Highlight: the Allure of Bintan

Sightseeing at 500 Luohan Temple

Touring Bintan Eco Farm on foot

An idyllic retreat on Singapore’s doorstep, the Indonesian island of Bintan promises a wealth of discoveries for those who venture beyond its well-known beach resorts. Exploring the island allows you to connect with its storied past and the multi-ethnic charm that infuses the present.

For an immersive experience, catch a glimpse of daily life in the trading port of Tanjung Pinang, Bintan’s largest settlement and provincial capital of the Riau Islands. Its array of traditional markets are a feast for the senses, with dried seafood products, locally grown fruits and vegetables, freshly caught fish and all manner of snacks on display. Be sure to try several varieties of kerupuk, prawn- or fish-flavored crackers that are an enduring local favorite.

In the city’s seafood restaurants, sample popular delicacies such as gong-gong, a marine mollusk served with sambal, and succulent crabs known as ketam, which are often marinated in a rich red sauce flavored with plum paste, onion, and red pepper. Street food enthusiasts will find plenty of choices just a stone’s throw from the main ferry terminal. At sundown, the waterfront promenade along Jalan Hang Tuah transforms into a bustling market; its hawker stalls offer Indonesian favorites such as mie goreng (fried noodles) and batagor, Sundanese fried fish dumplings in peanut sauce.

The Great Mosque on Pulau Penyengat

Tanjung Pinang is also the gateway to Pulau Penyengat, a small offshore island that was once the seat of the Riau-Lingga Sultanate before its dissolution in 1911. Visitors will find the ruins of an old Sultan’s palace, the royal mosque and mausoleum all painted in vibrant shades of yellow and green, while the cannons at a hilltop fortress bear witness to a time when Riau’s Malay rulers defended themselves against the machinations of the Dutch. The island is also the resting place of Raja Ali Haji, a 19th-century historian, poet, and scholar who is now considered one of Indonesia’s national heroes.

Rustic scenes from Panglong Village

Time travel is almost possible at Panglong Village, where visitors can expect to walk past over-water stilt houses and salted fish being dried in the open. The experience provides a rare window into the lifestyle of the Orang Laut, nomadic sea gypsies who have inhabited the Riau Archipelago since time immemorial. Spend an afternoon playing games with the local children, and visit the nearby kilns once used to convert mangrove roots into charcoal.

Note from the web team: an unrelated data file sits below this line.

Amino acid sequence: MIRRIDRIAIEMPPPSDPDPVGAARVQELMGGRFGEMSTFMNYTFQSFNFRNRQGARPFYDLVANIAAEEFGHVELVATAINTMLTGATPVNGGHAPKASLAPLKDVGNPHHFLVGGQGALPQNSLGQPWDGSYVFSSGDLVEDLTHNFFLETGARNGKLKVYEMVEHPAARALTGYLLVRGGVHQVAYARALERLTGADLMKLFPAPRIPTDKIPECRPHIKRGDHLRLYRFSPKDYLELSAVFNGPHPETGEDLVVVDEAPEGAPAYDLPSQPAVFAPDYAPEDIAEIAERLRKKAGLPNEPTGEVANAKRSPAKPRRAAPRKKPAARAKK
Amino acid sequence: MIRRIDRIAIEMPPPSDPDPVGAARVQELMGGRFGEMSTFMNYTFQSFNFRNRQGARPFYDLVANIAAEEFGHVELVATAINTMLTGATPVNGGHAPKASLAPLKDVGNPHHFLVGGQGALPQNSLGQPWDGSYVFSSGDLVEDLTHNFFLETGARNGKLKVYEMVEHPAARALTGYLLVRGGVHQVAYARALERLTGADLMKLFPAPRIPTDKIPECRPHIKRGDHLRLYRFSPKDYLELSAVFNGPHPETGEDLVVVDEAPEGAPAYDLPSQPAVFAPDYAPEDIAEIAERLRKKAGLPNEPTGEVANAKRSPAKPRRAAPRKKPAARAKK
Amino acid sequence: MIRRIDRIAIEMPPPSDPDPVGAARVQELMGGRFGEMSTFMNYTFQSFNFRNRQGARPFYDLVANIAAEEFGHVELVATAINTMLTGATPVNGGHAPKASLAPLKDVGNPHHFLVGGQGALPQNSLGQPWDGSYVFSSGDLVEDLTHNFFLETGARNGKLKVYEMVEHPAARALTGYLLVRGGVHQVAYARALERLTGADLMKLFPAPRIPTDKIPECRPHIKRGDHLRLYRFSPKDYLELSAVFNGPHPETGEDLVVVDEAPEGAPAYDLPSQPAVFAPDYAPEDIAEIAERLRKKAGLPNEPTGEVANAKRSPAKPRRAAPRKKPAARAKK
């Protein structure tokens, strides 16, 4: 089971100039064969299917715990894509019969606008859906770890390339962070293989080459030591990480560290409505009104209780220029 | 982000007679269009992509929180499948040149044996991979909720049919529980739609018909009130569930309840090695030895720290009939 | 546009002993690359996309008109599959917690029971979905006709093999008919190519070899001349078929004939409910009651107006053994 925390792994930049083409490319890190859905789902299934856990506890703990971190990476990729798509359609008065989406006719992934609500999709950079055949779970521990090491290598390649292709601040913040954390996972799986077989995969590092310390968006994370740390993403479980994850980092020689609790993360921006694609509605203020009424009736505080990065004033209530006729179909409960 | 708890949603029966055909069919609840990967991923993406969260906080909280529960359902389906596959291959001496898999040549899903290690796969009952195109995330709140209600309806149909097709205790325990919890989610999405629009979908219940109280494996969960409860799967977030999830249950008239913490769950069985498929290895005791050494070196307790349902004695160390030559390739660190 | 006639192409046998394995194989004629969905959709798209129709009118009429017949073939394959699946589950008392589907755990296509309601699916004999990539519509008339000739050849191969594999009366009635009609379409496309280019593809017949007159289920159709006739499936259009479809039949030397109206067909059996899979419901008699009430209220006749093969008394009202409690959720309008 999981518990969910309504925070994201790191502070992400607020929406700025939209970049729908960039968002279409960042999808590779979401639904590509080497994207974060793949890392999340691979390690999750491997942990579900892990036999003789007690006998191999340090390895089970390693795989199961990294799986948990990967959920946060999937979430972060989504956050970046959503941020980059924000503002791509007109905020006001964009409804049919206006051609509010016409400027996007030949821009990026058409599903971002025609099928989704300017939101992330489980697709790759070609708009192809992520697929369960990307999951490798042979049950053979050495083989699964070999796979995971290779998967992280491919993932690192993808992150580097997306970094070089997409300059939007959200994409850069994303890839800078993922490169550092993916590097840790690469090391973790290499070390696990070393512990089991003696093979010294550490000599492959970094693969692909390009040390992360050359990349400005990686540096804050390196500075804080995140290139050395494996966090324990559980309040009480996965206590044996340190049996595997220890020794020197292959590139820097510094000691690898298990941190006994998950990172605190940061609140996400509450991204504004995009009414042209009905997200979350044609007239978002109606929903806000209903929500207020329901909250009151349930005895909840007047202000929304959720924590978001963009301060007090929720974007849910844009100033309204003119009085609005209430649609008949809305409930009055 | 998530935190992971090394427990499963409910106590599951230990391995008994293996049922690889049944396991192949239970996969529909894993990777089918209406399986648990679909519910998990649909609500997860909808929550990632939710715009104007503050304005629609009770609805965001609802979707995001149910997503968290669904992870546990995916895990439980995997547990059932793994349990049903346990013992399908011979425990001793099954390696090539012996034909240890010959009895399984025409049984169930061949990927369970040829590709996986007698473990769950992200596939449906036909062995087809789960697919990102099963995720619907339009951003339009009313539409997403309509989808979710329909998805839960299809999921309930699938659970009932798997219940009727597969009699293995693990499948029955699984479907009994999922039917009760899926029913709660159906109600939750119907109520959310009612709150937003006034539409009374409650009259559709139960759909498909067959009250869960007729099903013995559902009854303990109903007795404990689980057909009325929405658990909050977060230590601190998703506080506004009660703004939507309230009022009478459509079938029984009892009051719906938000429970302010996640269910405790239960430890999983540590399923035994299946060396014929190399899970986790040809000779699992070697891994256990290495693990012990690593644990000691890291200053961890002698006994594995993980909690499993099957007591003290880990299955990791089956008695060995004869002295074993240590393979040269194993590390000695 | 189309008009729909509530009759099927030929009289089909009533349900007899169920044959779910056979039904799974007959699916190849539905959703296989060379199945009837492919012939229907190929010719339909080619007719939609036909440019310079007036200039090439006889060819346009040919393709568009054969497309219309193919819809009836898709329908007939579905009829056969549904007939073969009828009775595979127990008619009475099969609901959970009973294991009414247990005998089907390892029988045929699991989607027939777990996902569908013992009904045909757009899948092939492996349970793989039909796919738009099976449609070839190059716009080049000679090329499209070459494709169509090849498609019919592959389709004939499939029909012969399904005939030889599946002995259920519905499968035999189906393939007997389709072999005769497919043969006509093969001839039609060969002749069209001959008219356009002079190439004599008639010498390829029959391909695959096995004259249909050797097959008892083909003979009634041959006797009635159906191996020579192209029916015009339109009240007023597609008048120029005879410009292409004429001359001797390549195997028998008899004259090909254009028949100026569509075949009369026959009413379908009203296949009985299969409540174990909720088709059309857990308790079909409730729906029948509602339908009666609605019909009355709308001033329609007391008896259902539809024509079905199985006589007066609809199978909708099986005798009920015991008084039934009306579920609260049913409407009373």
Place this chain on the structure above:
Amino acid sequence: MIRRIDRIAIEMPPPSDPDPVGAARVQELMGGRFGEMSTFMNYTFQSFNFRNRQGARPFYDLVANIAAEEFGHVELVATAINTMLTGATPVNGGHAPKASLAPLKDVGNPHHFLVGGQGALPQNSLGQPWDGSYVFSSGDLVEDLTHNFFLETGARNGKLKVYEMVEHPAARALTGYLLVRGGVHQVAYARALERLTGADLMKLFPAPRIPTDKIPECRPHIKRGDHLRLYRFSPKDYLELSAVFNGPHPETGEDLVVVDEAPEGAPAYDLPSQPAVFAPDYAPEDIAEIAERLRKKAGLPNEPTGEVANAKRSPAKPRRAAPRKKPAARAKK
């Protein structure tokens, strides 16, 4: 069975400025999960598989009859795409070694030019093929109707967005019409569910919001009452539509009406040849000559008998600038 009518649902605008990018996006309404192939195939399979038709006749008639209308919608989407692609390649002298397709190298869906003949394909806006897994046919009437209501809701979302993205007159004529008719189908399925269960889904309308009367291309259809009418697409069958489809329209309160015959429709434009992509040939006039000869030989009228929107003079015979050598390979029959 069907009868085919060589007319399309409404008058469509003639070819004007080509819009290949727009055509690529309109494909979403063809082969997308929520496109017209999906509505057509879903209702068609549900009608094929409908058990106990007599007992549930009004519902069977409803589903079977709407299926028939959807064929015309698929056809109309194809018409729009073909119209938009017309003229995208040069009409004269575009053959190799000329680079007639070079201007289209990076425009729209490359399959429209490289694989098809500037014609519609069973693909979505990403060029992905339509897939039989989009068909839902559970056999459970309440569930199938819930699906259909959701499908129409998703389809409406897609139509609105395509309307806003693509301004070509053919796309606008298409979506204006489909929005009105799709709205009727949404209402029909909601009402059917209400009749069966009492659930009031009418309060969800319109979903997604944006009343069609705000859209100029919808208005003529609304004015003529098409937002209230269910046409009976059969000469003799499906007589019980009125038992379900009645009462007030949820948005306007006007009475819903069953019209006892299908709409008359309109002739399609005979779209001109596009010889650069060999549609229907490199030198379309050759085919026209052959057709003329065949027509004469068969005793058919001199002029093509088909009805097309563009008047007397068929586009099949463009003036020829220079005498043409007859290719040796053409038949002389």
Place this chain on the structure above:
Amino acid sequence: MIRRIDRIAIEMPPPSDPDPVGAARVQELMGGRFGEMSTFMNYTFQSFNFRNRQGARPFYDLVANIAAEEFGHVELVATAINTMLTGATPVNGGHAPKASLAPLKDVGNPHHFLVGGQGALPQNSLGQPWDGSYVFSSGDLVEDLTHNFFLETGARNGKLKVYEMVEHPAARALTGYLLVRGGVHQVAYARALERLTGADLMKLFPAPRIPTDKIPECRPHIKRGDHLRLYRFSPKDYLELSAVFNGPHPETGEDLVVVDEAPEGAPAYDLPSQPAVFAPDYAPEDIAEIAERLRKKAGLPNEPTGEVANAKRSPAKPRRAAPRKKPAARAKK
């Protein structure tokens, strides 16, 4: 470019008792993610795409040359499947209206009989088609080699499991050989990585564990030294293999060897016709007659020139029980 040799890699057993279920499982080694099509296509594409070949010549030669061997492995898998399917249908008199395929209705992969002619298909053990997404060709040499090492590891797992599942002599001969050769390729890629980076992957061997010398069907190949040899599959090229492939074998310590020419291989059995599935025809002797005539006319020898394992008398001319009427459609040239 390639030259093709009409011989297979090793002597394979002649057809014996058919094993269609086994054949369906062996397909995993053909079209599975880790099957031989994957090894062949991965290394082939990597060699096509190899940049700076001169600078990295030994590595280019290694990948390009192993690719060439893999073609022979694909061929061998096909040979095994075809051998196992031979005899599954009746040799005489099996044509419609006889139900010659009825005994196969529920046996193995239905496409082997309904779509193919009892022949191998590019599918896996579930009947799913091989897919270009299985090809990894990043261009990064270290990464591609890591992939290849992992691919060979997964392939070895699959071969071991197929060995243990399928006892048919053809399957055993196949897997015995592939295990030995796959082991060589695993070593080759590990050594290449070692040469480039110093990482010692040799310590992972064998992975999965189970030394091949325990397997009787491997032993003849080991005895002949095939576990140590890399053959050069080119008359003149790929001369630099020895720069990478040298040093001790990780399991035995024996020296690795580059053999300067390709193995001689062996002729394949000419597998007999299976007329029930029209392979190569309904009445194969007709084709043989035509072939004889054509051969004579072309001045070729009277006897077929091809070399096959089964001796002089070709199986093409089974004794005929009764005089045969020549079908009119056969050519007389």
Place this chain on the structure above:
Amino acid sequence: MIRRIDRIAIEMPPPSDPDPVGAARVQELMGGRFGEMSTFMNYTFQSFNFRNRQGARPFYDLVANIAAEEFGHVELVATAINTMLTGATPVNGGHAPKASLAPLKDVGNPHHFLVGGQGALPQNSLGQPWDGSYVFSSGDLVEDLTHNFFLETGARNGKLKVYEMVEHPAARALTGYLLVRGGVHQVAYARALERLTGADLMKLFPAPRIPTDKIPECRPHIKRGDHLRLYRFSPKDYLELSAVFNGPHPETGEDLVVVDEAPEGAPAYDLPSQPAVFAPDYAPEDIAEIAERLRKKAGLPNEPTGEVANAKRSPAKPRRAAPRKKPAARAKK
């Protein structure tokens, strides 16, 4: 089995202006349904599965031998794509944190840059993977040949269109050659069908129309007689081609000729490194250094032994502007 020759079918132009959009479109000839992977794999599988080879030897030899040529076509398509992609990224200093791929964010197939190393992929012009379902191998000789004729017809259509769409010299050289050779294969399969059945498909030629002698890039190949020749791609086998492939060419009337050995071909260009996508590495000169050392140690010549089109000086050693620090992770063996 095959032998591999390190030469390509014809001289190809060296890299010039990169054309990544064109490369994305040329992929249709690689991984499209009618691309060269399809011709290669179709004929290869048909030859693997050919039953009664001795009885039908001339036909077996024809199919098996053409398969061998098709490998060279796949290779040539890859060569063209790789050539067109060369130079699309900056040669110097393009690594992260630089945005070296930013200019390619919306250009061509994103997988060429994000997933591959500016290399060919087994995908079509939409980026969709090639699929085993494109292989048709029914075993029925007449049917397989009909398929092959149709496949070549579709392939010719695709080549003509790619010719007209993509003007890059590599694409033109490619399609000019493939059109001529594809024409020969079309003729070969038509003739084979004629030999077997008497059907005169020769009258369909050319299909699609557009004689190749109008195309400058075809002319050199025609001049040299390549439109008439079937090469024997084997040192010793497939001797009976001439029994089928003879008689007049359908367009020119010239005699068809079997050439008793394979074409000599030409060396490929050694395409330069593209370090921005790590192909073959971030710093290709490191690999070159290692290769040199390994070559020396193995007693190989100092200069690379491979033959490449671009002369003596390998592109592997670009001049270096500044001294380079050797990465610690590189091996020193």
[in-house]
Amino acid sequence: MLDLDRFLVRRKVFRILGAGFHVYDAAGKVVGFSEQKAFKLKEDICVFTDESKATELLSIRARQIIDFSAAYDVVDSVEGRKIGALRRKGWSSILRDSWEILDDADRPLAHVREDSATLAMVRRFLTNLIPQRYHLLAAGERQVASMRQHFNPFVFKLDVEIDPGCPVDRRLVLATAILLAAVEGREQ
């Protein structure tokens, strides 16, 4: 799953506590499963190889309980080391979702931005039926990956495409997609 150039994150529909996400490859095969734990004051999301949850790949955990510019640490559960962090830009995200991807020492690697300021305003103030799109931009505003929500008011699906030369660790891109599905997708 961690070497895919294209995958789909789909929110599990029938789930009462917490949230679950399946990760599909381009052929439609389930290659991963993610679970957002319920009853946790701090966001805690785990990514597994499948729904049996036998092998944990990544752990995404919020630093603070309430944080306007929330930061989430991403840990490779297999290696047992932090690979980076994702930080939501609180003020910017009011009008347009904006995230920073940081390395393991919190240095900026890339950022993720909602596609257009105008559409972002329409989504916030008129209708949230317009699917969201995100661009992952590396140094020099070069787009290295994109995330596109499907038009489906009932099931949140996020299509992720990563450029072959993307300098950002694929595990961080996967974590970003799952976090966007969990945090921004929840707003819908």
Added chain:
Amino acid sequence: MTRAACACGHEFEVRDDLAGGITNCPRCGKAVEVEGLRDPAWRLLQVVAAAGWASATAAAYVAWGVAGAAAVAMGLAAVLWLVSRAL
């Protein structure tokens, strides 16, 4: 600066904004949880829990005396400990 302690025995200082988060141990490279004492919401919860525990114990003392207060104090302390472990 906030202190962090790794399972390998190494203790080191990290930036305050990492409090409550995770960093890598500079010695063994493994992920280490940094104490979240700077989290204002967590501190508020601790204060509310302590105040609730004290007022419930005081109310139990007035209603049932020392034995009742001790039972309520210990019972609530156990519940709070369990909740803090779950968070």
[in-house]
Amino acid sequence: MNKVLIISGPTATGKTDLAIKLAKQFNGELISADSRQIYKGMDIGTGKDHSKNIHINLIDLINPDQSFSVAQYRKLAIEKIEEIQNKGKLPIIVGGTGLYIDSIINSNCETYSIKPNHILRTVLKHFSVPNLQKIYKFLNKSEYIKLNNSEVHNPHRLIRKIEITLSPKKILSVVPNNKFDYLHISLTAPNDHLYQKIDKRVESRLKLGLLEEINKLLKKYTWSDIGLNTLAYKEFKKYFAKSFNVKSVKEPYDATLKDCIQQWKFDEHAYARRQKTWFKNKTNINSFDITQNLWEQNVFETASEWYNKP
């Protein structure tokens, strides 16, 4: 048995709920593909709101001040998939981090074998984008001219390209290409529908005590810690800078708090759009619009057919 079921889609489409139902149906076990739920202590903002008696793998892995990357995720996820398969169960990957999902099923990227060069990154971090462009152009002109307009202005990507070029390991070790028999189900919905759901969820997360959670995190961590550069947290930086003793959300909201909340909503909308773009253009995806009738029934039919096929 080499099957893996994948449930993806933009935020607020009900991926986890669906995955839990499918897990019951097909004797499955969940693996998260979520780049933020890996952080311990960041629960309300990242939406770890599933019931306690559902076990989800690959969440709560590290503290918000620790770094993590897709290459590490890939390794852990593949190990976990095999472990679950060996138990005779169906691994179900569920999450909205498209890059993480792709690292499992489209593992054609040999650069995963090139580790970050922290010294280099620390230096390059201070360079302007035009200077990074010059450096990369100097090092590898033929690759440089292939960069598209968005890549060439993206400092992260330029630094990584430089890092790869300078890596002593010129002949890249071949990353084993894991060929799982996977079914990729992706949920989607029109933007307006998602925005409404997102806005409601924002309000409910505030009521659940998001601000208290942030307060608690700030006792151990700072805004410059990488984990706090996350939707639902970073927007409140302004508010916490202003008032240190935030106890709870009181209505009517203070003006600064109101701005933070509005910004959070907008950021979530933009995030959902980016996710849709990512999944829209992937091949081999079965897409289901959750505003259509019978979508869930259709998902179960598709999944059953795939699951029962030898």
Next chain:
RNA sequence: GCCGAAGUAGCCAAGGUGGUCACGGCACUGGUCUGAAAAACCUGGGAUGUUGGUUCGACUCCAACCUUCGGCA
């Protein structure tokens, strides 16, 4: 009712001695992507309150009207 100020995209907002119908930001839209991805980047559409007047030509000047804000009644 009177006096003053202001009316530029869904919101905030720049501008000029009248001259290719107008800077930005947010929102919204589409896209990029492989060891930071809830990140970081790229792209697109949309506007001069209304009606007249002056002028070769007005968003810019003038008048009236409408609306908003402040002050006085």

Because of its strategic location near the Strait of Malacca, Bintan has been a cultural melting pot for generations. The island’s long-established Chinese community has built a variety of religious sites around Tanjung Pinang, based on the traditions of their ancestors. In the fishing village of Senggarang, a temple draws pilgrims for its pair of 200-year-old banyan trees, which have wrapped their roots around the walls of the main hall.

A more recent construction is the 500 Luohan Temple, named for its impressive sculpture park of life-sized Buddhist arhats, each one carved with unique postures and facial expressions. Meanwhile, the tallest gold-plated Goddess of Mercy statue in Southeast Asia is housed in Vihara Avalokitesvara Graha (Guan Yin Temple). Another Buddhist house of worship well worth visiting is the Snake River Temple, accessed by an hour-long scenic boat ride up the meandering Ular River.

Kids competing in a sack race in Panglong

Urban dwellers can get a sense of the island’s tropical bounty by touring the 17-hectare Bintan Eco Farm, where visitors will walk among patches of ripening dragon fruit, pineapple, and vegetables. Guests can taste the seasonal produce grown on the farm, while hands-on activities such as barbecuing corn and feeding catfish are encouraged. The Eco Farm also has a sanctuary for local birds that will be released into the wild after rehabilitation.

A 45-minute drive from Bintan Resorts, Trikora boasts a string of four white-sand beaches along the island’s eastern coastline. Its crystal-clear waters are perfect for snorkeling and kitesurfing, while those wanting to soak up more local flavor can witness traditional boat-making on the beach, or choose to visit the floating fishing platforms known as kelong. Thanks to its diverse attractions and easygoing charms, Bintan will have you wanting to return in no time.

This post is published in partnership with Bintan Resorts.

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